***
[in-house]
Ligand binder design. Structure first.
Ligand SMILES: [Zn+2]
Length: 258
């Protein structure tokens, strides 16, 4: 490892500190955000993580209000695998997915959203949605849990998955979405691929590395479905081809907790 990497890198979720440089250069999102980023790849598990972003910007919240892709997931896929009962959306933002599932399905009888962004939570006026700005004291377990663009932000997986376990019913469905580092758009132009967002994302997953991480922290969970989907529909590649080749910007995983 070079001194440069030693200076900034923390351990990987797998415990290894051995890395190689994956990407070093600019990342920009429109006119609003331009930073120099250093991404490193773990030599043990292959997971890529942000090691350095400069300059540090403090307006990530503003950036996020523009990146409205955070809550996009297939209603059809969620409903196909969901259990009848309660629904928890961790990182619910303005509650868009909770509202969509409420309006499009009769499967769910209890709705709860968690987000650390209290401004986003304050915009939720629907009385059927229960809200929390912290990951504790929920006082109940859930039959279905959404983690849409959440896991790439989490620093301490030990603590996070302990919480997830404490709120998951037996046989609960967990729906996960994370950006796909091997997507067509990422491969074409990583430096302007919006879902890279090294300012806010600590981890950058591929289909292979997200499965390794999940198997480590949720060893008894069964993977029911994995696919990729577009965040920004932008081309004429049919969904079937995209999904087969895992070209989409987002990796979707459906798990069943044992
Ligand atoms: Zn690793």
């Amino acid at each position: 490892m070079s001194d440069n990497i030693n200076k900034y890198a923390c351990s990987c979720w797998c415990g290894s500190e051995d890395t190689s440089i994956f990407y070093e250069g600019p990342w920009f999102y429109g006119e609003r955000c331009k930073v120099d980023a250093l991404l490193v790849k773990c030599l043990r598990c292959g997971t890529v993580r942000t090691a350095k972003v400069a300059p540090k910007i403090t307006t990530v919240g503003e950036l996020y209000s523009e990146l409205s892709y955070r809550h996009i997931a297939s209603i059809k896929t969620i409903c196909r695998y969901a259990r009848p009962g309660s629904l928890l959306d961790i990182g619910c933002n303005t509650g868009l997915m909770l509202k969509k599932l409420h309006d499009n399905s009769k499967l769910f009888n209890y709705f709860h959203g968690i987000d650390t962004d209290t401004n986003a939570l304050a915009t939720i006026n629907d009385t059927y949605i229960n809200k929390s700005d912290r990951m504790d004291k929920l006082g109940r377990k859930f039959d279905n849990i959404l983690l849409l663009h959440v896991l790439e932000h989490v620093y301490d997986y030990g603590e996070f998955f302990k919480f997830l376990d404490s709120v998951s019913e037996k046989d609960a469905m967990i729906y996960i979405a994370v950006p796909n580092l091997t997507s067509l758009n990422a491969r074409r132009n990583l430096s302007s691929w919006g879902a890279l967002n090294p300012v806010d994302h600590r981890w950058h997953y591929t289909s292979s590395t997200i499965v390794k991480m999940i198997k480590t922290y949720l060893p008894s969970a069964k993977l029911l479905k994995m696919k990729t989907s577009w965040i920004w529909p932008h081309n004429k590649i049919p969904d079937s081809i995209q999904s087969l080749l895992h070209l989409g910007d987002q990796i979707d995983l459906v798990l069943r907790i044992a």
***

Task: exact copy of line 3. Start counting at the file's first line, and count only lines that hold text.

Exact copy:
Ligand SMILES: [Zn+2]